Being Grateful in an Upside-Down World

Who Pulled the Rug Out?

As 2020 dawned, none of us could have predicted how quickly our world would be turned upside down. Just a few weeks ago people were heading off to work, sending their children to school, planning special events, catching up with family and friends, taking trips and generally going
about their usual routines. 

Then COVID-19 loomed out of the horizon like a grisly spectre from some B-Grade horror movie. In a matter of weeks, thousands of people had died, businesses had closed, unemployment queues were stretching around city blocks, and more and more restrictions were being announced daily in an attempt to stop the pandemic.

At times like this, it’s easy to focus on the negatives, and that’s completely understandable. If you’ve just lost your job and you’re wondering how to feed your family and meet your mortgage payments, expressing gratitude is the last thing on your mind. But did you know that gratitude can
actually help you through difficult circumstances?

Gratitude is Good for You

Researchers have found that gratitude can enhance our personal relationships and prompt us to engage in more prosocial acts like helping our neighbours. Being grateful can also have flow-on effects for general health and well-being, such as better sleep. Some of these benefits may not kick in until further down the track, but if we learn to practise gratitude in the midst of our trials, it will help us develop the resilience we’ll need in the months ahead.

Photo by Tumisu on Pixabay

It’s important to remember that feeling grateful and being grateful are two different things. As psychologist Robert Emmons explains, ‘we don’t have total control over our emotions. We cannot easily will ourselves to feel grateful, less depressed, or happy … But being grateful is a choice …’.

Does this mean we ignore our emotions? No! Sweeping aside our feelings of anger, sadness and fear won’t achieve anything. In fact, denial can be counterproductive. We need to acknowledge what we’re feeling so that we can process it and turn it into something constructive. For more information on the importance of authenticity, please see my blog post Writing Brave (Even if Your Knees are Knocking) which appeared on the Christian Writers Downunder site.

In spite of the difficulties we face, however, we can make a conscious choice to remember the blessings that are still evident in our lives.

Expressing Gratitude

There are lots of different ways you can express gratitude.

Photo by June Laves on Pixabay

Thank others who have done something special for you or your community. One of my neighbours put a sign on her front fence thanking doctors, nurses and health workers for all they’re doing in the current COVID-19 crisis. Maybe you could send a card or email to a particular person you’d like to thank. And remember there’s no statute of limitations on giving thanks. When I was in my mid-30s, I visited one of my primary school teachers to thank her for the positive influence she’d been in my life. It’s never too late.

Keep a gratitude journal in which you jot down at least one thing you’re grateful for each day, or use one of the gratitude apps on your phone or tablet. You can find Jennifer Lance’s review of eight popular apps here.

Pray and give thanks to God for the ways he has blessed you. If you need a place to start, the Psalms are full of people in difficult circumstances who persisted in thanksgiving.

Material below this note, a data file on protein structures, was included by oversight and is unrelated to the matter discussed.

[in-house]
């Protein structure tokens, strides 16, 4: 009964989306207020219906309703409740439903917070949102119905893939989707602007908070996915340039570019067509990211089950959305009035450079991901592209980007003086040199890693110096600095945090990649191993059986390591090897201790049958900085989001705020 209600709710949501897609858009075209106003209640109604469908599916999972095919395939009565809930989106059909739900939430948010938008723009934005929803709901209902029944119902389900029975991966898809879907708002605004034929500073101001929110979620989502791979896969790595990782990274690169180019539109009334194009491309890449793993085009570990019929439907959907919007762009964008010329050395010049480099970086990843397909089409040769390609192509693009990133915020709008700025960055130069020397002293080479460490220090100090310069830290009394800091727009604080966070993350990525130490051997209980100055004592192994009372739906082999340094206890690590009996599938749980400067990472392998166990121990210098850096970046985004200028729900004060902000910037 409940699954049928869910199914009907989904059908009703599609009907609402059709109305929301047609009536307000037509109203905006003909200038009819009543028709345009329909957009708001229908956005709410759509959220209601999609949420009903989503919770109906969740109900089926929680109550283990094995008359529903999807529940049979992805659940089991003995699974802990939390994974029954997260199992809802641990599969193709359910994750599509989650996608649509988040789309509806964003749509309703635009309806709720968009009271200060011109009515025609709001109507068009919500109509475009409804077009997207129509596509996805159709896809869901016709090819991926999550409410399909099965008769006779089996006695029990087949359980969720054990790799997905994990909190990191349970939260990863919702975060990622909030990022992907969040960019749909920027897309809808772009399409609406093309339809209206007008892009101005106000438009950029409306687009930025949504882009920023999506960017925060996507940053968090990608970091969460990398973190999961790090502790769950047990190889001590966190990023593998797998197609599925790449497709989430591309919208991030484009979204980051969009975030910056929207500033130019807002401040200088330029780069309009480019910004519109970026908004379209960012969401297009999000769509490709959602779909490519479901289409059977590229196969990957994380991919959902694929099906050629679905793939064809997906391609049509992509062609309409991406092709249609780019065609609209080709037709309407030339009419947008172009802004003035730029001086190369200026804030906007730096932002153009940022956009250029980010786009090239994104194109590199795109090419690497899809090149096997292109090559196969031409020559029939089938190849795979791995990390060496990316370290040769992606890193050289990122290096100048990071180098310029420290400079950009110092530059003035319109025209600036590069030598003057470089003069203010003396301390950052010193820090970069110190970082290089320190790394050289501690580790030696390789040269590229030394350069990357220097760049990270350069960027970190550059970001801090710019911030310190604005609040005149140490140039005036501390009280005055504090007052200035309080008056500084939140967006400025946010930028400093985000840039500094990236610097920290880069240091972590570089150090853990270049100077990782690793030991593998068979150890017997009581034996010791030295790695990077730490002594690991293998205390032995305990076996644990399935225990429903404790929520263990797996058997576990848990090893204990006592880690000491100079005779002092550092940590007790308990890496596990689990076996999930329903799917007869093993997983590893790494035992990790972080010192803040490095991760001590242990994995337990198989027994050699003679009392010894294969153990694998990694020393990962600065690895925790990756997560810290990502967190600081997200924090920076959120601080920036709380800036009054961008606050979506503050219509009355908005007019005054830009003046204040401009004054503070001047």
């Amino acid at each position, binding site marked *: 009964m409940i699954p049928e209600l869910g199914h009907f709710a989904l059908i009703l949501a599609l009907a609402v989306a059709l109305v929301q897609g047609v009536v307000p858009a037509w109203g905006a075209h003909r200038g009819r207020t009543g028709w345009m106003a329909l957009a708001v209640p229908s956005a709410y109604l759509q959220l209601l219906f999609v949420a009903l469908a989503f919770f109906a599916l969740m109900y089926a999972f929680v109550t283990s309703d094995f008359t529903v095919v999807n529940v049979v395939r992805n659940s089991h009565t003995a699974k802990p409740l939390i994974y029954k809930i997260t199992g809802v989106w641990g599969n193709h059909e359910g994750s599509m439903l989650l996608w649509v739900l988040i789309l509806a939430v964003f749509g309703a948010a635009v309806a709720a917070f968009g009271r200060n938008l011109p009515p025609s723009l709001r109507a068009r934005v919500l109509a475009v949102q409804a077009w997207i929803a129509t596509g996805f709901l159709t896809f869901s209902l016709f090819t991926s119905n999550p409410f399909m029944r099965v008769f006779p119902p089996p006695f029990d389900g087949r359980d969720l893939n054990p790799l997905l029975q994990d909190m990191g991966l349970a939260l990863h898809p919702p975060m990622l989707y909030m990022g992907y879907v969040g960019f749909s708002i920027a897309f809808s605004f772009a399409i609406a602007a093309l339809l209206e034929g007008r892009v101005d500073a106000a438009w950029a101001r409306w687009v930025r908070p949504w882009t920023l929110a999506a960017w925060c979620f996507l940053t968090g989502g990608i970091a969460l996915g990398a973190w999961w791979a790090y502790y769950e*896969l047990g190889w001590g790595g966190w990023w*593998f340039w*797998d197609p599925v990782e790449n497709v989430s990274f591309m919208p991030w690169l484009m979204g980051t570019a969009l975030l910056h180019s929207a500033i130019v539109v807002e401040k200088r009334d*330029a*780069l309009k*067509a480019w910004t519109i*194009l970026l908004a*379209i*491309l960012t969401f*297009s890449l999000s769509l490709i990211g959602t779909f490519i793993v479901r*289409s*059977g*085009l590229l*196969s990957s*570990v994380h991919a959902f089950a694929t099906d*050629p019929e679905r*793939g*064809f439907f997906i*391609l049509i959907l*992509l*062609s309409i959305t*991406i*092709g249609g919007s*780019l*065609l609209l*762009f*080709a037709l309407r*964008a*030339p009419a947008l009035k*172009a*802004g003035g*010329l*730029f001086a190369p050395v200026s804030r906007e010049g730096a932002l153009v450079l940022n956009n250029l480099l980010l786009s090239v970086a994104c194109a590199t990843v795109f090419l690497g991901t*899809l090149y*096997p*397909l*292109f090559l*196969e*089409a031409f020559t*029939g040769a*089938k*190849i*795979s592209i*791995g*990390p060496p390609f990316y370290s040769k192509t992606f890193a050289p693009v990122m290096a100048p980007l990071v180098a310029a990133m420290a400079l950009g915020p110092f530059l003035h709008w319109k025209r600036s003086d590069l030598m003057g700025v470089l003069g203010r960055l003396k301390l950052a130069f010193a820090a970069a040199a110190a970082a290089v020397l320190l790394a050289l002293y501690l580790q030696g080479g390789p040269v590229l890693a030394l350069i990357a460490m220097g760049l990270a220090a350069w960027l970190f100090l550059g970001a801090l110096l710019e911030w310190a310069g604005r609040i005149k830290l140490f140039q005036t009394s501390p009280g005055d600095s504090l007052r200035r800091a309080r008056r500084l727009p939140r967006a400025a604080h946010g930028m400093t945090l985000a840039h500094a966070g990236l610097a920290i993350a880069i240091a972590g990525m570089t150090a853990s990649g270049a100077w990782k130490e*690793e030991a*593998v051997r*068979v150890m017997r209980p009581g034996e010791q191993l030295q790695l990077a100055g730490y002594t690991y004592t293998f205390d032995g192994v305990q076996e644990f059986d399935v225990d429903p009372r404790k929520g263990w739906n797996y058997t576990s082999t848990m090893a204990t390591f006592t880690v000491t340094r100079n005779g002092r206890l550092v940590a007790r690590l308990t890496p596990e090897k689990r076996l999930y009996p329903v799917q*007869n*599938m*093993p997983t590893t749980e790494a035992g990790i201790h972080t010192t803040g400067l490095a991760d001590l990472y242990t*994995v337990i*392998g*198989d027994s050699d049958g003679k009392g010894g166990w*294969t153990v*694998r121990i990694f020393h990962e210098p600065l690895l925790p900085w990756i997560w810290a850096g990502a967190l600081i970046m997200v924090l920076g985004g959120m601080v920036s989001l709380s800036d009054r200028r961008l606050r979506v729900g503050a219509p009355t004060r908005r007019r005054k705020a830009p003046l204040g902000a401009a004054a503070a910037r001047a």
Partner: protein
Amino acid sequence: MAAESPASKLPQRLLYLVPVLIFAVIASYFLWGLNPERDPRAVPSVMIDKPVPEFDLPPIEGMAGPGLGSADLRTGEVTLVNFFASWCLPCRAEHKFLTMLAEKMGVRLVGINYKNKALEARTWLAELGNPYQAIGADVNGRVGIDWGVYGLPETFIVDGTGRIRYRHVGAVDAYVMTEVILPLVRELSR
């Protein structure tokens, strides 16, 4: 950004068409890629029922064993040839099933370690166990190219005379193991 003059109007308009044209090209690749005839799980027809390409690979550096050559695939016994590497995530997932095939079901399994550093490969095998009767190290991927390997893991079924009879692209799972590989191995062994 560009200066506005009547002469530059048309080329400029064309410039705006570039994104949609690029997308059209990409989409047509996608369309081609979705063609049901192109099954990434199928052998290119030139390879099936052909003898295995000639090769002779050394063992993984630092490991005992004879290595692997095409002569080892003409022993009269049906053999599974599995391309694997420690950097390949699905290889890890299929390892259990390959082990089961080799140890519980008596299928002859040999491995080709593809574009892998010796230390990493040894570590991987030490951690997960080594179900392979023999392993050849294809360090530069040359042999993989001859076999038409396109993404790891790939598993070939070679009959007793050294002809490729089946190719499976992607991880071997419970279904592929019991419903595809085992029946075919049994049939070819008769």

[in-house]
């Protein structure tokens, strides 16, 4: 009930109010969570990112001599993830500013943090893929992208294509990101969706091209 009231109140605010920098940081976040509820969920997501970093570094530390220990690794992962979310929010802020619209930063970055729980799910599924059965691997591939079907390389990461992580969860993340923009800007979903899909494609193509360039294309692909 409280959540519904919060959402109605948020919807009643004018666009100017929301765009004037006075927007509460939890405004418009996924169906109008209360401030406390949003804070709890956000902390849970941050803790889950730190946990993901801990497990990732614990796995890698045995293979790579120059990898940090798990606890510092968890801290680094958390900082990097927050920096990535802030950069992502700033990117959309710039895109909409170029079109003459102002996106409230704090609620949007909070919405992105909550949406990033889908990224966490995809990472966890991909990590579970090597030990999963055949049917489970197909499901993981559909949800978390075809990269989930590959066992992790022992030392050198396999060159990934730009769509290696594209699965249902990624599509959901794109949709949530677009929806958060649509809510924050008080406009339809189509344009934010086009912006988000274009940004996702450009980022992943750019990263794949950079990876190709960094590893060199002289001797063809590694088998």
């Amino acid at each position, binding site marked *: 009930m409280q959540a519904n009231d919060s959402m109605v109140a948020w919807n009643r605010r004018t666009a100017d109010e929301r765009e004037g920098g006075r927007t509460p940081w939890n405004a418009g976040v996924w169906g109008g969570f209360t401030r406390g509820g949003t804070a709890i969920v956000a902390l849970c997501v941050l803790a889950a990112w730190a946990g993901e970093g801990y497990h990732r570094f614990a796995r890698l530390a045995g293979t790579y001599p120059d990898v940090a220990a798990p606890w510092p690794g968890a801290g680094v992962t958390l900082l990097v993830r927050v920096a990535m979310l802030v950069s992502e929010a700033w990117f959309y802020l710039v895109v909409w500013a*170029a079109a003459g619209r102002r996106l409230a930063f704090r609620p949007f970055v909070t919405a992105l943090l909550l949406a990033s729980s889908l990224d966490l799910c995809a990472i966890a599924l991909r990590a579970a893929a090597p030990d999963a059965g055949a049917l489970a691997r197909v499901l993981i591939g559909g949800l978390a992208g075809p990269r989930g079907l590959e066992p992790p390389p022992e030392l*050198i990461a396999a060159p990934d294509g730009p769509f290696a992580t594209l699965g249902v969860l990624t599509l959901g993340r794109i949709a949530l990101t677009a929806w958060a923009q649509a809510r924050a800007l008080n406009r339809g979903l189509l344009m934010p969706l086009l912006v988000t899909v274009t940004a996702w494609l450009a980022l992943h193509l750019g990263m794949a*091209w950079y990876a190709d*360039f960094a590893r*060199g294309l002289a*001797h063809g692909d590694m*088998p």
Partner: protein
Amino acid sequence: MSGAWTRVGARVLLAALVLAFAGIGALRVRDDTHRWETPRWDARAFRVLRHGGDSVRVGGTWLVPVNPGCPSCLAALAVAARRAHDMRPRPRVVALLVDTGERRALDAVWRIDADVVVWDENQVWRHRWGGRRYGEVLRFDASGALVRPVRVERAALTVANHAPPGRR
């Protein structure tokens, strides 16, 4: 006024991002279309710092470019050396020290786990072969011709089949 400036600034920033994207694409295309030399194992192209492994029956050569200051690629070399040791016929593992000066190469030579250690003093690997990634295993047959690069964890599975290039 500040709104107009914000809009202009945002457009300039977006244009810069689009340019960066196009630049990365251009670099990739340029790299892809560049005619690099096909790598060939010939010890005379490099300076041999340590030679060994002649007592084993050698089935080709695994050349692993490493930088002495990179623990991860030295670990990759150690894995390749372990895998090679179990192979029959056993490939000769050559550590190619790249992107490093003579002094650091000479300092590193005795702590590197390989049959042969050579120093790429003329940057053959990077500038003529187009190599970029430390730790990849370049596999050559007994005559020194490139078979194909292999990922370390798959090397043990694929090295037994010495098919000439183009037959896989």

Try a reframing activity to help get things in perspective. I’m using one at the moment that I call the ‘I can’t, but I can’ exercise. For example:

  • I can’t visit my elderly parents because their aged care home is in lockdown. But I can talk to them by phone and I know they’re being looked after.
  • I can’t find everything I would usually buy at the supermarket, but there are still a lot of things I can buy and I can always substitute a different product. 
  • I can’t attend church in person, but I can watch the live stream of the service each Sunday from the comfort of my home.

 

A lot of things are out of our control at the moment, but we can still make some positive choices that will enhance our own well-being and those around us. Recovery will not occur overnight, but we can start making little steps that will have an impact in the future.

Would you like to share some of your ‘I can’t, but I can’ affirmations in the comments below? I’d love to hear your suggestions.  

Sources and Further Reading
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6 Responses

  1. Well said Nola! I love the idea of “I can’t but I can”. I can’t go to the pool🏊‍♀️😢 but I can walk 🚶🏽‍♀️😀. We still have much to be grateful for. Thanks for the encouragement.

    1. Thanks Janelle. I was thinking of you the other day and wondering how you’re going without all those pool sessions. I know how much you loved it. I’m still riding my bike, so that gets me out in the countryside. On the news the other night, they had an Olympic swimmer who’s using his dam to train. Maybe you can do something on your property. In the meantime, it’s good for all of us to remember that we do have many blessings in spite of everything that’s happening around us. Thanks for taking the time to comment.

  2. Good call, Nola. The online church thing has been a blessing in disguise. The church I am associated with (and I have heard it about others) have been experiencing up to 10 times as many views as there were attendees on a Sunday morning before all this mayhem happened. Maybe this is a case of what the enemy meant for evil, God is using for good.

    1. Thanks for that Marc. I think you might be right. Our church has had more people tuning in on a Sunday. I think a lot of people are looking for comfort and hope in these times and we have a great opportunity to help those who are seeking. Thanks for taking the time to comment.

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